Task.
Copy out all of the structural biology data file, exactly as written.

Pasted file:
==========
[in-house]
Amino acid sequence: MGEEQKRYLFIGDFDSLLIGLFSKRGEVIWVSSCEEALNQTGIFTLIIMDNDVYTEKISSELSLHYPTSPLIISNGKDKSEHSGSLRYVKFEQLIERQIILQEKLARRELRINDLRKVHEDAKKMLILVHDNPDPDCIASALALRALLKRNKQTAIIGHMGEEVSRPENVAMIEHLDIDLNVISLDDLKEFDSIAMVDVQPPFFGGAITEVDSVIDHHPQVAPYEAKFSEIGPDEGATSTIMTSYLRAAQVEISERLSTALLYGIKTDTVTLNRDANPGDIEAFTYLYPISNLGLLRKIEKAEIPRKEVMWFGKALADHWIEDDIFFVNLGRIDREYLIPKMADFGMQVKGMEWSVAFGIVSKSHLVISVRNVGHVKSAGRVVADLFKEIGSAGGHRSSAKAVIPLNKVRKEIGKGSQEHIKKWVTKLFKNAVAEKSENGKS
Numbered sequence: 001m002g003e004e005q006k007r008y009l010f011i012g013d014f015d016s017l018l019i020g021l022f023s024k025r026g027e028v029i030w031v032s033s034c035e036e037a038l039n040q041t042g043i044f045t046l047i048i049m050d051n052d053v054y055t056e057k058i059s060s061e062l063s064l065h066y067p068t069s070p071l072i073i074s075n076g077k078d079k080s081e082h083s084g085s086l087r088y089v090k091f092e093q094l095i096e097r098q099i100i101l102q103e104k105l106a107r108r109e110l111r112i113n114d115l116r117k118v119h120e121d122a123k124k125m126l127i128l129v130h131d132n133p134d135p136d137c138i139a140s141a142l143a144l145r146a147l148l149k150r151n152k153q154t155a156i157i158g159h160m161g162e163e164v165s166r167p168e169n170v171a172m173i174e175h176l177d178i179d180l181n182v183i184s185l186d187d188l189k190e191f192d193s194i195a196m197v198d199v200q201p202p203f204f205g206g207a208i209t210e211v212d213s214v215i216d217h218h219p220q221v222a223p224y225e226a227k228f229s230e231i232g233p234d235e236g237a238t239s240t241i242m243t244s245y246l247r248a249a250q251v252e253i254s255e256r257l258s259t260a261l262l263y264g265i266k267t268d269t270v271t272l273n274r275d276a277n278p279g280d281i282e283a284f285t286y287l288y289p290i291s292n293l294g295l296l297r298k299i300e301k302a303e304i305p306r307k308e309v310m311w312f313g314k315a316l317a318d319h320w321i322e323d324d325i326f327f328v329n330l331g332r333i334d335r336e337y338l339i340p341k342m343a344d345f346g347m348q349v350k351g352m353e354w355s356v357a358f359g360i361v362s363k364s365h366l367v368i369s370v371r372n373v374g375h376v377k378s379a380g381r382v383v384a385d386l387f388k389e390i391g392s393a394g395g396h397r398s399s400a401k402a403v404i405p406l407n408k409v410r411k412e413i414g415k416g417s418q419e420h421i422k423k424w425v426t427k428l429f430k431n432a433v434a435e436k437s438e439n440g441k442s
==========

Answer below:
[in-house]
Amino acid sequence: MGEEQKRYLFIGDFDSLLIGLFSKRGEVIWVSSCEEALNQTGIFTLIIMDNDVYTEKISSELSLHYPTSPLIISNGKDKSEHSGSLRYVKFEQLIERQIILQEKLARRELRINDLRKVHEDAKKMLILVHDNPDPDCIASALALRALLKRNKQTAIIGHMGEEVSRPENVAMIEHLDIDLNVISLDDLKEFDSIAMVDVQPPFFGGAITEVDSVIDHHPQVAPYEAKFSEIGPDEGATSTIMTSYLRAAQVEISERLSTALLYGIKTDTVTLNRDANPGDIEAFTYLYPISNLGLLRKIEKAEIPRKEVMWFGKALADHWIEDDIFFVNLGRIDREYLIPKMADFGMQVKGMEWSVAFGIVSKSHLVISVRNVGHVKSAGRVVADLFKEIGSAGGHRSSAKAVIPLNKVRKEIGKGSQEHIKKWVTKLFKNAVAEKSENGKS
Numbered sequence: 001m002g003e004e005q006k007r008y009l010f011i012g013d014f015d016s017l018l019i020g021l022f023s024k025r026g027e028v029i030w031v032s033s034c035e036e037a038l039n040q041t042g043i044f045t046l047i048i049m050d051n052d053v054y055t056e057k058i059s060s061e062l063s064l065h066y067p068t069s070p071l072i073i074s075n076g077k078d079k080s081e082h083s084g085s086l087r088y089v090k091f092e093q094l095i096e097r098q099i100i101l102q103e104k105l106a107r108r109e110l111r112i113n114d115l116r117k118v119h120e121d122a123k124k125m126l127i128l129v130h131d132n133p134d135p136d137c138i139a140s141a142l143a144l145r146a147l148l149k150r151n152k153q154t155a156i157i158g159h160m161g162e163e164v165s166r167p168e169n170v171a172m173i174e175h176l177d178i179d180l181n182v183i184s185l186d187d188l189k190e191f192d193s194i195a196m197v198d199v200q201p202p203f204f205g206g207a208i209t210e211v212d213s214v215i216d217h218h219p220q221v222a223p224y225e226a227k228f229s230e231i232g233p234d235e236g237a238t239s240t241i242m243t244s245y246l247r248a249a250q251v252e253i254s255e256r257l258s259t260a261l262l263y264g265i266k267t268d269t270v271t272l273n274r275d276a277n278p279g280d281i282e283a284f285t286y287l288y289p290i291s292n293l294g295l296l297r298k299i300e301k302a303e304i305p306r307k308e309v310m311w312f313g314k315a316l317a318d319h320w321i322e323d324d325i326f327f328v329n330l331g332r333i334d335r336e337y338l339i340p341k342m343a344d345f346g347m348q349v350k351g352m353e354w355s356v357a358f359g360i361v362s363k364s365h366l367v368i369s370v371r372n373v374g375h376v377k378s379a380g381r382v383v384a385d386l387f388k389e390i391g392s393a394g395g396h397r398s399s400a401k402a403v404i405p406l407n408k409v410r411k412e413i414g415k416g417s418q419e420h421i422k423k424w425v426t427k428l429f430k431n432a433v434a435e436k437s438e439n440g441k442s